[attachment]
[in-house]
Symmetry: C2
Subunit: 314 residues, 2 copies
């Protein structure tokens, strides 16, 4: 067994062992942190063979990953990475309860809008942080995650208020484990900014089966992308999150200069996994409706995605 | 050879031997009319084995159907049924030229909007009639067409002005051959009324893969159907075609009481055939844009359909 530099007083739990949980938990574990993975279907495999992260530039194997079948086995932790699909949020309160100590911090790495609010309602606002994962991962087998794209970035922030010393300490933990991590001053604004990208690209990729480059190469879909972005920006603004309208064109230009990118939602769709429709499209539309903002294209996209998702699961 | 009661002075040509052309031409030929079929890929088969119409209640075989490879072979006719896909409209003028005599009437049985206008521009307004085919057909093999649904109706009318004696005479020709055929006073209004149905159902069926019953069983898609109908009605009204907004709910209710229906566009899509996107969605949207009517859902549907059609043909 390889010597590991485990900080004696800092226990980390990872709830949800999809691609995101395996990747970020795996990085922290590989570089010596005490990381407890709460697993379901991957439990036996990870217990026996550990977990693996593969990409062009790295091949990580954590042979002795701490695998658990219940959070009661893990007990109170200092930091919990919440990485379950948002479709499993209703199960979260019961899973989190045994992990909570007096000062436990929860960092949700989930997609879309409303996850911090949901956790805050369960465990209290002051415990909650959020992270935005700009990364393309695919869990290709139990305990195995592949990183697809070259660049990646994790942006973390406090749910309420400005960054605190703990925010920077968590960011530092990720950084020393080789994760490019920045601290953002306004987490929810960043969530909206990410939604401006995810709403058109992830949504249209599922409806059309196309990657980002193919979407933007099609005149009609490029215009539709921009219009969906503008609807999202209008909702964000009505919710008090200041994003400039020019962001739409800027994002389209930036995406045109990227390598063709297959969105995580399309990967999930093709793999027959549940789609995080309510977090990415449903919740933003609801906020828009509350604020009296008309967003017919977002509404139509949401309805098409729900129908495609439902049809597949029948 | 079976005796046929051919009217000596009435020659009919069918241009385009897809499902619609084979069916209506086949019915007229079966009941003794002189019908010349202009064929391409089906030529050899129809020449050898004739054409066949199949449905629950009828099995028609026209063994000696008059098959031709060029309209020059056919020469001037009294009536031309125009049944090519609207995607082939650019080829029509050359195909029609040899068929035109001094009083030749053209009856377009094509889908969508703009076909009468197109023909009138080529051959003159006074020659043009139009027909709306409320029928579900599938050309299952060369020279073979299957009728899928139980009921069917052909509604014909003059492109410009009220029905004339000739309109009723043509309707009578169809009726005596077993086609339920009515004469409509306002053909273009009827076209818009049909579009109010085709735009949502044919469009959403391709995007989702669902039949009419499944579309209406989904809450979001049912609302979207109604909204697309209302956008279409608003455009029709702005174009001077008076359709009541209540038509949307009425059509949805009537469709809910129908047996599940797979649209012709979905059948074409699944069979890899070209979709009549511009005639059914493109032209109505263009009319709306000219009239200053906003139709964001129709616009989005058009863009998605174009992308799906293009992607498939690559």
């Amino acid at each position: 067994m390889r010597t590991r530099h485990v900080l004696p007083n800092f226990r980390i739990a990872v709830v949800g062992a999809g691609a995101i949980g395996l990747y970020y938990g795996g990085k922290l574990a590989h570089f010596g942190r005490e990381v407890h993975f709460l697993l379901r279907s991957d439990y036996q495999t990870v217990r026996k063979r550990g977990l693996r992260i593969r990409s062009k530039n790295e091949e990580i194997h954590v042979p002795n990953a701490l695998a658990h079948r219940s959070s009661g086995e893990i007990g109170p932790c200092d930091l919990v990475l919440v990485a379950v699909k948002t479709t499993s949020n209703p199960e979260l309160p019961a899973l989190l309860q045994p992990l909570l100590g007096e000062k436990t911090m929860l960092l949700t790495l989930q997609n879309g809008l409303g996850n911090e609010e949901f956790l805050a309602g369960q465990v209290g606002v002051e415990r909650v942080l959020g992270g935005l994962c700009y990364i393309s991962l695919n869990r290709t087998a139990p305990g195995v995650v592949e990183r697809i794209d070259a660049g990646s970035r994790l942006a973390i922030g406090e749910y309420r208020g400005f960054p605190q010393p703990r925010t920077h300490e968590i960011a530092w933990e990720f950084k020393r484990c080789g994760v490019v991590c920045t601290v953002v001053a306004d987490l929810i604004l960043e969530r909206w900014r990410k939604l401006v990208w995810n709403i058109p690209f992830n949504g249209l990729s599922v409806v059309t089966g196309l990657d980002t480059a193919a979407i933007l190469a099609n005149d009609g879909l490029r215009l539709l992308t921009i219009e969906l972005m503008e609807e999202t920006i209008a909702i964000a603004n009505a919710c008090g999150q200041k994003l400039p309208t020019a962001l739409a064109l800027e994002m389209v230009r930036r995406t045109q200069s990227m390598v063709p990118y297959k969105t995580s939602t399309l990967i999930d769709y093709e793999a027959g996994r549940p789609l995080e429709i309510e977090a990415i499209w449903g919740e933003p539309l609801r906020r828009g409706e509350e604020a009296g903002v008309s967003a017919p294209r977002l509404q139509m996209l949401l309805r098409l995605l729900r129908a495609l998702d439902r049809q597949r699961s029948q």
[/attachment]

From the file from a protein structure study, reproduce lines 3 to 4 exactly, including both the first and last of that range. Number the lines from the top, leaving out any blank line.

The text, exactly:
Subunit: 314 residues, 2 copies
């Protein structure tokens, strides 16, 4: 067994062992942190063979990953990475309860809008942080995650208020484990900014089966992308999150200069996994409706995605 | 050879031997009319084995159907049924030229909007009639067409002005051959009324893969159907075609009481055939844009359909 530099007083739990949980938990574990993975279907495999992260530039194997079948086995932790699909949020309160100590911090790495609010309602606002994962991962087998794209970035922030010393300490933990991590001053604004990208690209990729480059190469879909972005920006603004309208064109230009990118939602769709429709499209539309903002294209996209998702699961 | 009661002075040509052309031409030929079929890929088969119409209640075989490879072979006719896909409209003028005599009437049985206008521009307004085919057909093999649904109706009318004696005479020709055929006073209004149905159902069926019953069983898609109908009605009204907004709910209710229906566009899509996107969605949207009517859902549907059609043909 390889010597590991485990900080004696800092226990980390990872709830949800999809691609995101395996990747970020795996990085922290590989570089010596005490990381407890709460697993379901991957439990036996990870217990026996550990977990693996593969990409062009790295091949990580954590042979002795701490695998658990219940959070009661893990007990109170200092930091919990919440990485379950948002479709499993209703199960979260019961899973989190045994992990909570007096000062436990929860960092949700989930997609879309409303996850911090949901956790805050369960465990209290002051415990909650959020992270935005700009990364393309695919869990290709139990305990195995592949990183697809070259660049990646994790942006973390406090749910309420400005960054605190703990925010920077968590960011530092990720950084020393080789994760490019920045601290953002306004987490929810960043969530909206990410939604401006995810709403058109992830949504249209599922409806059309196309990657980002193919979407933007099609005149009609490029215009539709921009219009969906503008609807999202209008909702964000009505919710008090200041994003400039020019962001739409800027994002389209930036995406045109990227390598063709297959969105995580399309990967999930093709793999027959549940789609995080309510977090990415449903919740933003609801906020828009509350604020009296008309967003017919977002509404139509949401309805098409729900129908495609439902049809597949029948 | 079976005796046929051919009217000596009435020659009919069918241009385009897809499902619609084979069916209506086949019915007229079966009941003794002189019908010349202009064929391409089906030529050899129809020449050898004739054409066949199949449905629950009828099995028609026209063994000696008059098959031709060029309209020059056919020469001037009294009536031309125009049944090519609207995607082939650019080829029509050359195909029609040899068929035109001094009083030749053209009856377009094509889908969508703009076909009468197109023909009138080529051959003159006074020659043009139009027909709306409320029928579900599938050309299952060369020279073979299957009728899928139980009921069917052909509604014909003059492109410009009220029905004339000739309109009723043509309707009578169809009726005596077993086609339920009515004469409509306002053909273009009827076209818009049909579009109010085709735009949502044919469009959403391709995007989702669902039949009419499944579309209406989904809450979001049912609302979207109604909204697309209302956008279409608003455009029709702005174009001077008076359709009541209540038509949307009425059509949805009537469709809910129908047996599940797979649209012709979905059948074409699944069979890899070209979709009549511009005639059914493109032209109505263009009319709306000219009239200053906003139709964001129709616009989005058009863009998605174009992308799906293009992607498939690559």